Calculators and the Order of Operations
The Order of Operations is known to most modern calculators:
3. Multiplication and Division from left-to-right
4. Addition and Subtraction from left-to-right
This order is generally clear and unambiguous but problems do occur. One problem is a bug in Casio calculators made before 2007. For example, the expressionshould evaluate to 16 according to the order of operations. The division should be done first. It is evaluated incorrectly to 1 by earlier Casio calculators. If you instead enter the Casio will give the correct answer. TI calculators do not have this problem. Casio has fixed this problem in newer calculators.
A common problem students often have is failing to recognize an implied grouping. In the expression the numerator forms an implied grouping. We know that we must do the addition first, but the calculator is not aware that there is a horizontal fraction bar (a vinculum). A horizontal fraction bar causes an implied grouping. The calculator must be told there is a grouping by entering . If we naively enter into the calculator, we will get the wrong answer because the calculator will perform the division first. Another example of an implied grouping that often causes problems is . In this expression we must perform the multiplication before the exponent. Again, the calculator must be told there is a grouping .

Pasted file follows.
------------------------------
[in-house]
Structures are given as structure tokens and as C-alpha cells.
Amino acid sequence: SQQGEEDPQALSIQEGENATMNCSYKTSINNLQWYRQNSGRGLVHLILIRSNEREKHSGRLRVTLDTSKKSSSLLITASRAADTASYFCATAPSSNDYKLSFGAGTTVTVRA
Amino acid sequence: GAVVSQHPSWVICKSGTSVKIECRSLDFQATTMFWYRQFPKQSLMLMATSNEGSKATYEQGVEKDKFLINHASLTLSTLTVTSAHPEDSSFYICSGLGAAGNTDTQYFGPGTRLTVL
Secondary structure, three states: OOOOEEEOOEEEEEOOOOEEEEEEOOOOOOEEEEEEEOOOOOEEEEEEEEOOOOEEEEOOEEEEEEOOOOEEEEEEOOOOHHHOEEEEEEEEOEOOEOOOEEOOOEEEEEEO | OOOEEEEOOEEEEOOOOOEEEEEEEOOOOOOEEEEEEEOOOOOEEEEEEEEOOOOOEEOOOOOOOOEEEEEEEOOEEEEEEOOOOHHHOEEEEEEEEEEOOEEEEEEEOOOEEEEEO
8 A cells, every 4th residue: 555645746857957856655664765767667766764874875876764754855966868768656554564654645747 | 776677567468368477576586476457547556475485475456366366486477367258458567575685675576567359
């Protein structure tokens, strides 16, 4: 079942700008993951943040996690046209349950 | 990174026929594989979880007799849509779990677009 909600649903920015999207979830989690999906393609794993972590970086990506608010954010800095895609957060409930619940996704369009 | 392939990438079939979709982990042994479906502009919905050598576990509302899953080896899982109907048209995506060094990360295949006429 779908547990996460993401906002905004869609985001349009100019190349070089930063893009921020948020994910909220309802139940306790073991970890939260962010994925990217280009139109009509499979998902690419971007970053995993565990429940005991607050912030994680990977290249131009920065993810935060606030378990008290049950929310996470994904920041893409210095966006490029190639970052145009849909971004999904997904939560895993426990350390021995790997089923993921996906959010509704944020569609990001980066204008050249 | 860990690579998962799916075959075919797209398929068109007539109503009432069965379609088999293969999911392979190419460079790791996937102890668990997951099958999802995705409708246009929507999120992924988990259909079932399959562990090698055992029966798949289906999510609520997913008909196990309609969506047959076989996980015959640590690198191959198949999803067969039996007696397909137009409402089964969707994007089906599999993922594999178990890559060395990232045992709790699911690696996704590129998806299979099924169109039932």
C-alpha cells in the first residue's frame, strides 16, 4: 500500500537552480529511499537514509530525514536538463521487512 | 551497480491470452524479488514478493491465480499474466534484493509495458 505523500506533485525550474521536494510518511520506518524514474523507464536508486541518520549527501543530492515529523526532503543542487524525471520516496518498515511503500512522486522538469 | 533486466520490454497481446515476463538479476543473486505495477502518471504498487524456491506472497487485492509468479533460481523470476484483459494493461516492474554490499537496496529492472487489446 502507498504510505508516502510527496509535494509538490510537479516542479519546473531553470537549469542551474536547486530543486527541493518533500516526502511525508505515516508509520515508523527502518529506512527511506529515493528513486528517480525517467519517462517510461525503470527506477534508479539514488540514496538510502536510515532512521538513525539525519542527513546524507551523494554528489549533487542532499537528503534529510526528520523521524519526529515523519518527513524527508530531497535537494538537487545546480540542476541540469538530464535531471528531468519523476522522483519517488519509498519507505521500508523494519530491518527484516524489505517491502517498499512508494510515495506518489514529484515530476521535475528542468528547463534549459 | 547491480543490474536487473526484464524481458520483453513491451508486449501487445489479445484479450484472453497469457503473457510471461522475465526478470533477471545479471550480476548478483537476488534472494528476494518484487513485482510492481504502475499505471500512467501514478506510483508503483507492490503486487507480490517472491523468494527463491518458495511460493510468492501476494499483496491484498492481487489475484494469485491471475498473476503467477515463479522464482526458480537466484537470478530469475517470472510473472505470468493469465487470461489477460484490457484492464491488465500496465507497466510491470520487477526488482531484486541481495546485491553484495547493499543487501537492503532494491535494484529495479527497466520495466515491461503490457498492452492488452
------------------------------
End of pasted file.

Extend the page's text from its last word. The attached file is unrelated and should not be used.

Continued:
I also often see students incorrectly evaluate compound fractions, such as occurs in the test statistic for the t distribution hypothesis test. To evaluate this on a calculator, the fraction in the denominator must be put in parentheses:
These same grouping rules apply if you are programming in a computer language, or if you are posting a problem in an email or on a math forum web site. For example, the rational expression must be written as (x^2 – 3x – 10) / (x^2 + 5x + 6) with parentheses to demark the groupings that are implied by the horizontal fraction bar.
Rick Castrapel Imperial Valley College 2007